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Myles Garrett or Mitch Trubisky is a false choice

Choosing between Myles Garrett and Mitch Trubisky isn't a real choice at all, argues Browns fan Jeff Mitzel, only one that will land the Browns brain trust in the sort of hot water that boiled Mike Holmgren.

Last week, ESPN's Adam Schefter sent shock waves through the Browns fans collective consciousness by announcing that the Browns are undecided at who to pick at #1 and are torn between choosing Myles Garrett or Mitch Trubisky.

The desperation generator permanently installed in the basement of the Berea complex is up and running and coupled to the "not a good move random decision generator."

Myles Garrett is a generational talent to the acclaim of, well, everyone.

Sure, Garrett could go the way of Courtney Brown, but the meter is pegged in the direction of Joey Bosa, Jadeveon Clowney and others.  A pass-first league is also a get-after-the-quarterback league.

Why go to the trouble to hire a defensive coordinator who embraces exactly that and swivel the head in the opposite direction when presented the opportunity to execute a strategy consistent with that move?!

Oh, look.  A squirrel.

Mitch Trubisky appears as the quarterback darling of someone in the Browns organization <insert silent eye gestures in the direction of Hue Jackson>, but who knows if Mitch Trubisky is a good quarterback or will be one at the NFL level?!

Word out of Jon Gruden's quarterback camp is Trubisky didn't know what a hard count was and couldn't execute one.

Football 101.  

Bryce Petty similarly didn't know how to identify the mike linebacker in Gruden's camp.

Football 101 appears to be important when projecting quarterbacks to the next level, and if it isn't why not grab the next kid who looks good getting off the bus and can heave the ball downfield?!

Spergon Wynn is the correct answer to that question.

Maybe Mitch Trubisky goes the way of Aaron Rogers, but maybe Trubisky goes Bryce Petty.  Quarterbacks with indicators in the direction of players like Petty don't get picked at the top of the draft.  Nor in the first half of the first round.

Mike Holmgren went against the grain and picked Brandon Weedon at quarterback as the oldest player drafted in the first round.  Not surprisingly, Holmgren vanished soon afterward.

Going dramatically against the grain is a career-ending move.

NFL personnel guys warn you'll get in trouble when you go against your draft board and don't pick the highest rated player on your board. But, quarterbacks are different, are special, are the face of the franchise, and Hue wants a quarterback.  "We don't have one and need one now" goes that argument.

Though, all will be well in the kingdom should Trubisky and a quarterback no one projects as NFL ready go through the narrow door of likely success - and not the greater likelihood of struggle and Hue getting overly attached to making it work (amidst reports he did exactly that with RG III).  

Few quarterbacks are ready to play as rookies, and no one is suggesting Trubisky is close to ready.  Would Trubisky be any farther ahead after fermenting on the shelf for a year than any of the three quarterbacks projected in some mock drafts to be amongst the first five picks in 2018 and within reach next year?!  Do scouts see Trubisky as a better prospect in the face of a quarterback-rich draft next year, and do they see a better way to solve the need for a pass rush next year should they pass on Garrett?!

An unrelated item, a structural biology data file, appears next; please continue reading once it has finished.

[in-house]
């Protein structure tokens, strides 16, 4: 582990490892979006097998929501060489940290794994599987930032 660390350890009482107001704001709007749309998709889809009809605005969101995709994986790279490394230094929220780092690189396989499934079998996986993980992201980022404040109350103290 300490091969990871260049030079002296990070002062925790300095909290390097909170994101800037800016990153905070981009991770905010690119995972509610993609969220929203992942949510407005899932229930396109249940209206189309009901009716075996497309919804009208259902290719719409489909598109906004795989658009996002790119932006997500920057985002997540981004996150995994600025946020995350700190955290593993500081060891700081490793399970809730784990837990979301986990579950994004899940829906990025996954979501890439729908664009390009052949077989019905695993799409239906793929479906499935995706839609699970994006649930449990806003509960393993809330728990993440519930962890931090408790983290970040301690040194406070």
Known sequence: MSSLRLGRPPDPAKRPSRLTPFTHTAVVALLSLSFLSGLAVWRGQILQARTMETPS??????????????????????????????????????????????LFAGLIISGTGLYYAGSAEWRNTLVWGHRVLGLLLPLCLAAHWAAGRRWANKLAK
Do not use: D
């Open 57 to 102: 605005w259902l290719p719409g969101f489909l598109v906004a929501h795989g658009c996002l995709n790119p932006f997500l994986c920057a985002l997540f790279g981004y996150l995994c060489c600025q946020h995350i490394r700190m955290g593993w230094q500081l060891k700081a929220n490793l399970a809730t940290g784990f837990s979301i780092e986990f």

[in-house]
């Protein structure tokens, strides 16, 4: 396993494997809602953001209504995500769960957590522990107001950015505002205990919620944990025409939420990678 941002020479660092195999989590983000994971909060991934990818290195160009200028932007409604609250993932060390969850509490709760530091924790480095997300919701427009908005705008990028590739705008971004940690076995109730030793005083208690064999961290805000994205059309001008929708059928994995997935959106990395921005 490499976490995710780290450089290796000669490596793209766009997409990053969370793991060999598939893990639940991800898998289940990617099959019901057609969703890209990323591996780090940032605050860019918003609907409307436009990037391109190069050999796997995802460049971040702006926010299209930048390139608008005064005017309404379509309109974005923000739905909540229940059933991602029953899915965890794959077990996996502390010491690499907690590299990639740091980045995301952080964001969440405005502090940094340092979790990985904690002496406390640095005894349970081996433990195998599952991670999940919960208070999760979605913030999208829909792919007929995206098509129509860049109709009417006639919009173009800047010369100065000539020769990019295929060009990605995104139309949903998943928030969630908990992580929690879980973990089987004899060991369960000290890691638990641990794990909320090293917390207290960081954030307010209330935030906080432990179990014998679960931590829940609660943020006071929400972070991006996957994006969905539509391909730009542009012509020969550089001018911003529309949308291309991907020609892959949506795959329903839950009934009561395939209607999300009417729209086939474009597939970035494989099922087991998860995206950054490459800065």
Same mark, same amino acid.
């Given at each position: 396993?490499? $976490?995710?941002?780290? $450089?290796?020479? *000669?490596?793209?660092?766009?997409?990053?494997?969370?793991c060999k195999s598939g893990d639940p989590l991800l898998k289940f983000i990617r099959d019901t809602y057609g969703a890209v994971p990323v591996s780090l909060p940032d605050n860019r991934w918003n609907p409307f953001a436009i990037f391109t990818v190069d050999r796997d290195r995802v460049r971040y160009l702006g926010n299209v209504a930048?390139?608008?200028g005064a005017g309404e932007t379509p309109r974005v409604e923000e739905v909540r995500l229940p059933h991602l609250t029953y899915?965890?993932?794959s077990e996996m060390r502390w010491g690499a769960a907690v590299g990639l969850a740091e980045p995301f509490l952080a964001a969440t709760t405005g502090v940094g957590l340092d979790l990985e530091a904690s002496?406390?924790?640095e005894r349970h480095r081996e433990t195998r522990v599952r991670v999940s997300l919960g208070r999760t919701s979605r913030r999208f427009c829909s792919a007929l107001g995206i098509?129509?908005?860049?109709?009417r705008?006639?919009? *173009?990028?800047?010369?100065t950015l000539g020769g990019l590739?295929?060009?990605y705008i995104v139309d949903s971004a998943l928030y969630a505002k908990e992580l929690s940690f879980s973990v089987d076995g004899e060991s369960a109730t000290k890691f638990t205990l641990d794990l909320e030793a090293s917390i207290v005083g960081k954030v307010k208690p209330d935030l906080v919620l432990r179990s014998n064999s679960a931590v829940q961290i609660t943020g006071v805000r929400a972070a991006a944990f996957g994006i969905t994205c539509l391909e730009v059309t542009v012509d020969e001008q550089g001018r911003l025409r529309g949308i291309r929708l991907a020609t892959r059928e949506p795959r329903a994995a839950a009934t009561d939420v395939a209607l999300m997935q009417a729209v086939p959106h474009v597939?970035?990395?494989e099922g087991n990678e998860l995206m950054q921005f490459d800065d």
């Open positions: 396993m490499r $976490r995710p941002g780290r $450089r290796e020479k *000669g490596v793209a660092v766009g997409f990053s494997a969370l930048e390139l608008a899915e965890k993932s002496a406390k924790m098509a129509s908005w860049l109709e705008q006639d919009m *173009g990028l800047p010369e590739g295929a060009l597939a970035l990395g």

Jimmy Haslem made the point to say scouting didn't fail in past drafts when he reviewed the organization this past year.  Decision makers did and decision makers easily do.

There's a handy roadmap for decision makers who have left pavement.

Myles Garrett goes a long way for a defense that can't find the quarterback, can't stop the run, and watches balls thrown over their heads. Garrett is a generational talent and square peg that fits squarely when looking at team needs, a need to show progress, and provides a championship building block.

Mitch Trubisky may be a guy Hue can work with and is the kind of guy picked later rather than sooner.  Quarterbacks are found in the latter half of the first round as readily as they are found earlier.  The Raiders followed their draft board and picked Khalil Mack with an early first round pick and found Derek Carr later in the first round.  Both players have made trips to the Pro Bowl and not coincidentally the fortunes of the Raiders and Browns have turned in opposing directions in that draft. Remember the Browns similarly held two first round picks and had the choice of both those players before leaving their draft board and leaving pavement.

Maybe Trubisky falls, and Hue convinces Sashi that waiting for Garrapolo to fall loose as a free agent next year is a bad idea.  Maybe scouts affirm that the quarterbacks in next year's draft aren't as good as Trubisky.

But doesn't making a decision with broad scoping implications that project down the road encourage an equally broad thought process and a solid look down the road, too?!

And maybe dialing down the desperation generator wildly at work and reconnecting the sanity check meter?!

Myles Garrett at #1 and Howard at #12 project as two talents rarely found at their position and go a long way at filling out a roster.  Maybe the Browns fall in in love with a cornerback and trade back into the first round from there, or maybe Trubisky falls and measured impatience meets with measured opportunity.

Maybe Sashi thinks it a good idea should he and Hue keep their jobs rolling forward, too.

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